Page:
Thursday, November 4, 2010

Appellate Brief Must Provide Basis for Appeal

Morford v. DCFS, 2010 UT App. 285, (Utah Court of Appeals October 15, 2010).

The trial court entered summary judgment for DCFS on the Mofords’ negligence and breach of contract claim based on DCFS’s failure to provide reunification services between the Morfords and their foster son prior to the relinquishment of parental rights and DCFS’s alleged misinformed report that the foster son no longer wanted to live with the Morfords.  The Morfords appealed.

The Court of Appeals refused to evaluate the merits of the Morfords’ claims because of severe failings in their appellate brief.  The brief’s table of authorities did not correspond to the brief.  It was as if the submitted table was for a different brief.  The brief failed to supply the text of the statute on which the Morfords were relying.  It failed to cite the preservation of the issues in the trial court record.  It failed to provide an adequate record to even address the Morfords’ claims.  The argument section cites authority, but does not apply the authority to the facts of the Morfords’ claims.  Because of the failure of the brief, the Court of Appeals affirmed the trial court’s entry of summary judgment.

Alimony Must be Based on Sufficient Findings and Alimony Cannot Exceed Needs

Fish v. Fish, 2010 UT App. 292, (Utah Court of Appeals October 21, 2010).

Wife was awarded $800 per month in alimony.  Husband appealed.  He argued that the trial court had insufficient evidence to make findings as to the parties’ ability to earn and their needs.  The Court of Appeals found that testimony alone is sufficient evidence for imputation of income, and that Husband’s enrollment in a Technical College did not preclude imputation of income.  If a party already has basic job skills, he cannot rely on the schooling to avoid the imputation of income.  However, the findings of the trial court did not support the level of income imputed to husband as required by U.C.A. 78B-12-203(7)(b) (2008).  Without such findings, the trial court cannot impute income.  Additionally, the trial court made no findings as to Husband’s ability to pay and therefore the alimony award was an abuse of discretion and reversed.  The Court also found ability to earn cannot be based on monthly income alone, but must be based on the U.C.A. 78B-12-203(7)(b) factors, reversing the trial court’s finding that wife’s ability to earn directly correlates with her current income.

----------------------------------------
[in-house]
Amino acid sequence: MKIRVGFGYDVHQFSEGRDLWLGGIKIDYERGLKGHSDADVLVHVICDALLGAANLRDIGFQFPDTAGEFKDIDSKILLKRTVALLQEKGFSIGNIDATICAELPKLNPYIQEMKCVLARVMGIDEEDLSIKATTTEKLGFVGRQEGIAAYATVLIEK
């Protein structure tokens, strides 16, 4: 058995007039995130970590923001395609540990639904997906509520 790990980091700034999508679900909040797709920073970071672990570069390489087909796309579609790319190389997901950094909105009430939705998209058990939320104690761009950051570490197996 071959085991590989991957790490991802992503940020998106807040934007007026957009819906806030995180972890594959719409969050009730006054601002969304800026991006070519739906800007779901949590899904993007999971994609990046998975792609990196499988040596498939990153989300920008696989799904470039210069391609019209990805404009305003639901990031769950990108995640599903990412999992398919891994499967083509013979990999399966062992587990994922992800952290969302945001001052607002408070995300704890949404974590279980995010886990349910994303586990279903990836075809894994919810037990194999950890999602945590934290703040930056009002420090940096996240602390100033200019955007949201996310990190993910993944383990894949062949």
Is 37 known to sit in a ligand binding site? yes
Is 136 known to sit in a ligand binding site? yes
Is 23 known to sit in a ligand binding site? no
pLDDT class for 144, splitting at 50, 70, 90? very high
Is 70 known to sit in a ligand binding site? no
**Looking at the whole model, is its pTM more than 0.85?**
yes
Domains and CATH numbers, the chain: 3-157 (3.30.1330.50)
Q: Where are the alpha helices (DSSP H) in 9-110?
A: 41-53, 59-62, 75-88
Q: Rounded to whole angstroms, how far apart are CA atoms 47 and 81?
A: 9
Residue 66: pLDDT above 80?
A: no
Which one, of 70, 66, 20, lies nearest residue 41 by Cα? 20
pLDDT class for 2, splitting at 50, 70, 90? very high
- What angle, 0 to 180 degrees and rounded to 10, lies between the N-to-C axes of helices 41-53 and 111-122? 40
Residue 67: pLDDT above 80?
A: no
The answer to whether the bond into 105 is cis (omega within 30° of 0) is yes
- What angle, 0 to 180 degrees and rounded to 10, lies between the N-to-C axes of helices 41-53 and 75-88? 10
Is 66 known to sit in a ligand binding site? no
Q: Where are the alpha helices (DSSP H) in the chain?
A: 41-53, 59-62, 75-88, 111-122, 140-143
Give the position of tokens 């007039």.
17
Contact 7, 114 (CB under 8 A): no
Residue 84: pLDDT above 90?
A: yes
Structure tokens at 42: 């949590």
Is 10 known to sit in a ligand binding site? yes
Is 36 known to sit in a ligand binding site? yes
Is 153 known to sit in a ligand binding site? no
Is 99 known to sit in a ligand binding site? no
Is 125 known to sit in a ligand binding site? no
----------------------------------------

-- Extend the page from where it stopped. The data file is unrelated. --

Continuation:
Lastly, simply because the parties combined needs exceed their combined incomes does not prove that the parties’ standard of living is not commensurate with the standard of living at the time of the marriage, it simply proves that the cost to sustain two households is greater than the cost to sustain one.

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